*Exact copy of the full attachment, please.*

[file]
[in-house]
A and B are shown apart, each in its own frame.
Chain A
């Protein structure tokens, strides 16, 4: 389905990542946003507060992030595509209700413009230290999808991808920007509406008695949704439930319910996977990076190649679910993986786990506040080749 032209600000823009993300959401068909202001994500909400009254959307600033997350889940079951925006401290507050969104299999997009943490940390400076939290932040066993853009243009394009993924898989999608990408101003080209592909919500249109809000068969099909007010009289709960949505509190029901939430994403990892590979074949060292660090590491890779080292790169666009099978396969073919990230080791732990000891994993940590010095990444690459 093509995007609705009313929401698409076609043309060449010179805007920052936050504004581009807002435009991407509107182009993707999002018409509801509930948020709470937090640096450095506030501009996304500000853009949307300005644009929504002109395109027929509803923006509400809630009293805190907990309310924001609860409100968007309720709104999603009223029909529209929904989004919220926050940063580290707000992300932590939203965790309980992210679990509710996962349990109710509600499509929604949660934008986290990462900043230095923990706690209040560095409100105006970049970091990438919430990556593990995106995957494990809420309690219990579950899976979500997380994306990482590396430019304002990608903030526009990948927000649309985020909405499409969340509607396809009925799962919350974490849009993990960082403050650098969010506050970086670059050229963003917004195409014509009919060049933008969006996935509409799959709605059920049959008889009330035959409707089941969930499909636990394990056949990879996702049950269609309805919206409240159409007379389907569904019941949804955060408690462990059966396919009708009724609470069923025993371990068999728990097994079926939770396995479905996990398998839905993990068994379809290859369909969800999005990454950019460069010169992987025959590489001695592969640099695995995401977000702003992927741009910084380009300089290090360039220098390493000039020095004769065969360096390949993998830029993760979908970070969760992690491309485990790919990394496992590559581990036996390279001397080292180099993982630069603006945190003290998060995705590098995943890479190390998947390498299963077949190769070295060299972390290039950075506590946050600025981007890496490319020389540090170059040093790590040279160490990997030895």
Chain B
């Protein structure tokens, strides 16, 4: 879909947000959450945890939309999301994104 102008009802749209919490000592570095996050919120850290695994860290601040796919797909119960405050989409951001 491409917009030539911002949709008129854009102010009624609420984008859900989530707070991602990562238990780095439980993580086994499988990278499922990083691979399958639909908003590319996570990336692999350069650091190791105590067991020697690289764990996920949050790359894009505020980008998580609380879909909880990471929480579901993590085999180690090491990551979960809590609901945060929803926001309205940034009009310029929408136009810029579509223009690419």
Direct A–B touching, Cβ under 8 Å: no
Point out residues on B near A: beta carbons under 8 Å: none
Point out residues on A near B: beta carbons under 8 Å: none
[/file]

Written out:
[in-house]
A and B are shown apart, each in its own frame.
Chain A
């Protein structure tokens, strides 16, 4: 389905990542946003507060992030595509209700413009230290999808991808920007509406008695949704439930319910996977990076190649679910993986786990506040080749 032209600000823009993300959401068909202001994500909400009254959307600033997350889940079951925006401290507050969104299999997009943490940390400076939290932040066993853009243009394009993924898989999608990408101003080209592909919500249109809000068969099909007010009289709960949505509190029901939430994403990892590979074949060292660090590491890779080292790169666009099978396969073919990230080791732990000891994993940590010095990444690459 093509995007609705009313929401698409076609043309060449010179805007920052936050504004581009807002435009991407509107182009993707999002018409509801509930948020709470937090640096450095506030501009996304500000853009949307300005644009929504002109395109027929509803923006509400809630009293805190907990309310924001609860409100968007309720709104999603009223029909529209929904989004919220926050940063580290707000992300932590939203965790309980992210679990509710996962349990109710509600499509929604949660934008986290990462900043230095923990706690209040560095409100105006970049970091990438919430990556593990995106995957494990809420309690219990579950899976979500997380994306990482590396430019304002990608903030526009990948927000649309985020909405499409969340509607396809009925799962919350974490849009993990960082403050650098969010506050970086670059050229963003917004195409014509009919060049933008969006996935509409799959709605059920049959008889009330035959409707089941969930499909636990394990056949990879996702049950269609309805919206409240159409007379389907569904019941949804955060408690462990059966396919009708009724609470069923025993371990068999728990097994079926939770396995479905996990398998839905993990068994379809290859369909969800999005990454950019460069010169992987025959590489001695592969640099695995995401977000702003992927741009910084380009300089290090360039220098390493000039020095004769065969360096390949993998830029993760979908970070969760992690491309485990790919990394496992590559581990036996390279001397080292180099993982630069603006945190003290998060995705590098995943890479190390998947390498299963077949190769070295060299972390290039950075506590946050600025981007890496490319020389540090170059040093790590040279160490990997030895």
Chain B
């Protein structure tokens, strides 16, 4: 879909947000959450945890939309999301994104 102008009802749209919490000592570095996050919120850290695994860290601040796919797909119960405050989409951001 491409917009030539911002949709008129854009102010009624609420984008859900989530707070991602990562238990780095439980993580086994499988990278499922990083691979399958639909908003590319996570990336692999350069650091190791105590067991020697690289764990996920949050790359894009505020980008998580609380879909909880990471929480579901993590085999180690090491990551979960809590609901945060929803926001309205940034009009310029929408136009810029579509223009690419």
Direct A–B touching, Cβ under 8 Å: no
Point out residues on B near A: beta carbons under 8 Å: none
Point out residues on A near B: beta carbons under 8 Å: none